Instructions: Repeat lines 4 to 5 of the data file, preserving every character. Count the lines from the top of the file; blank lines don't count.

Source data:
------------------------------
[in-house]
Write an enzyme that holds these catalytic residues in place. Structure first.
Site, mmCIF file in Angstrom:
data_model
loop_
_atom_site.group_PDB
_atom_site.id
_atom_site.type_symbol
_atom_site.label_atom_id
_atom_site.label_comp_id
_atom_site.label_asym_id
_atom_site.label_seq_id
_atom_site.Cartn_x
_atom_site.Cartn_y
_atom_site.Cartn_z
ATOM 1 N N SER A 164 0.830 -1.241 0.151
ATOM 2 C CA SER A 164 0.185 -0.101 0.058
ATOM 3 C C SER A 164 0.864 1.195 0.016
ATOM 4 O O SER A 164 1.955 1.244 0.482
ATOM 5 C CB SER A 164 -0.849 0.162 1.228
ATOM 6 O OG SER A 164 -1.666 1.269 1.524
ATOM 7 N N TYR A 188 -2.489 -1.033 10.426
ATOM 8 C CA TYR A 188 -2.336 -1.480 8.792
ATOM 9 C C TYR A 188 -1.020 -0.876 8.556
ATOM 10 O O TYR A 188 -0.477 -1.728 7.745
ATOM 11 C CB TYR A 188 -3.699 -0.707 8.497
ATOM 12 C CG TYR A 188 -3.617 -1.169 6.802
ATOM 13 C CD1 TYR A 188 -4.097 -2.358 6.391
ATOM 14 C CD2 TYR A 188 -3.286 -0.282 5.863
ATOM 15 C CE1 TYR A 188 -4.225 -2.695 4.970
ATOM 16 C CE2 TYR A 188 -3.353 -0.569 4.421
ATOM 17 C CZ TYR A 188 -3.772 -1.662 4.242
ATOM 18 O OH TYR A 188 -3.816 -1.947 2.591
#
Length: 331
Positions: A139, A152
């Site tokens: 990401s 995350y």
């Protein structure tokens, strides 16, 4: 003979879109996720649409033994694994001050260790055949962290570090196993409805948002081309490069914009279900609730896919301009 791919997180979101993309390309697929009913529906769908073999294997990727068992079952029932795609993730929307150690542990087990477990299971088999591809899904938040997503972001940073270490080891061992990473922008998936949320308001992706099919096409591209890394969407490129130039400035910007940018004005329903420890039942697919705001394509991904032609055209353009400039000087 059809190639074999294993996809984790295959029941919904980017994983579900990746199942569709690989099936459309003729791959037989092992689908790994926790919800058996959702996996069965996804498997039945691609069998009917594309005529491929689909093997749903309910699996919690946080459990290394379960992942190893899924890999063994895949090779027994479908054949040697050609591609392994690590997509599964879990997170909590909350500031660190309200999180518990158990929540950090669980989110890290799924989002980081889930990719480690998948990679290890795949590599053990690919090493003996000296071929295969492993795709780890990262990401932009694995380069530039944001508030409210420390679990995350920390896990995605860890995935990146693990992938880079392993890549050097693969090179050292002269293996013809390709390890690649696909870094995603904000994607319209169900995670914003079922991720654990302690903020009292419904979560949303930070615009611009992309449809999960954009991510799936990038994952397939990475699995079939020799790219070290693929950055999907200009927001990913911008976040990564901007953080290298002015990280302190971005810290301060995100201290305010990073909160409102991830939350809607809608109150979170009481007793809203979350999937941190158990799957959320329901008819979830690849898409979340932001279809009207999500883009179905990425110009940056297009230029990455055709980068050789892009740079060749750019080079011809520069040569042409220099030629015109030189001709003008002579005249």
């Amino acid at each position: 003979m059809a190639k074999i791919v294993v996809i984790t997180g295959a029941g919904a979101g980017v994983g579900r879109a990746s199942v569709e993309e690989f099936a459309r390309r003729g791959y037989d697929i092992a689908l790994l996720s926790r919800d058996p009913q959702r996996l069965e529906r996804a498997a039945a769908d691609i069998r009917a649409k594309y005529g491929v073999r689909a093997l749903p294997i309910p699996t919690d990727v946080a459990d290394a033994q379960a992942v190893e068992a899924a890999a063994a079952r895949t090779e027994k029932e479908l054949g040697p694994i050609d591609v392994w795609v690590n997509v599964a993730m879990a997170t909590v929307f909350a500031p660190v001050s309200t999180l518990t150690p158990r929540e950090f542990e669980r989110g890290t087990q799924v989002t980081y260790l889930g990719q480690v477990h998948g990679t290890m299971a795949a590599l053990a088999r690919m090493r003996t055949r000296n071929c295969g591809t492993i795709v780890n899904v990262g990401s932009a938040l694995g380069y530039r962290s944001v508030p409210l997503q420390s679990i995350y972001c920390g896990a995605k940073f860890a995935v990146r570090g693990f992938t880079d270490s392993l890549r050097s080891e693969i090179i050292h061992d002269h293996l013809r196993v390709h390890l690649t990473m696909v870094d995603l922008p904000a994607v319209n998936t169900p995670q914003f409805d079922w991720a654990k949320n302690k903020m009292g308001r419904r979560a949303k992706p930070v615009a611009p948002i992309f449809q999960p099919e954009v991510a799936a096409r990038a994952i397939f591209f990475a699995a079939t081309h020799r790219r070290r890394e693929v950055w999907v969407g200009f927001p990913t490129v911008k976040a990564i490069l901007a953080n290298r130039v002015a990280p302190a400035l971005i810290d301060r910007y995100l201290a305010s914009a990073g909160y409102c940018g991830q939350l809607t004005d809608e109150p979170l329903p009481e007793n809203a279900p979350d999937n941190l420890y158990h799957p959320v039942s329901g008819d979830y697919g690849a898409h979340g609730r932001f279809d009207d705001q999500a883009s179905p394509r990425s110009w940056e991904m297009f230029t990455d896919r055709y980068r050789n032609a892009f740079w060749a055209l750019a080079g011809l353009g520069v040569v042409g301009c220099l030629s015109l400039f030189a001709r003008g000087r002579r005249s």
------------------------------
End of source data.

data_model
loop_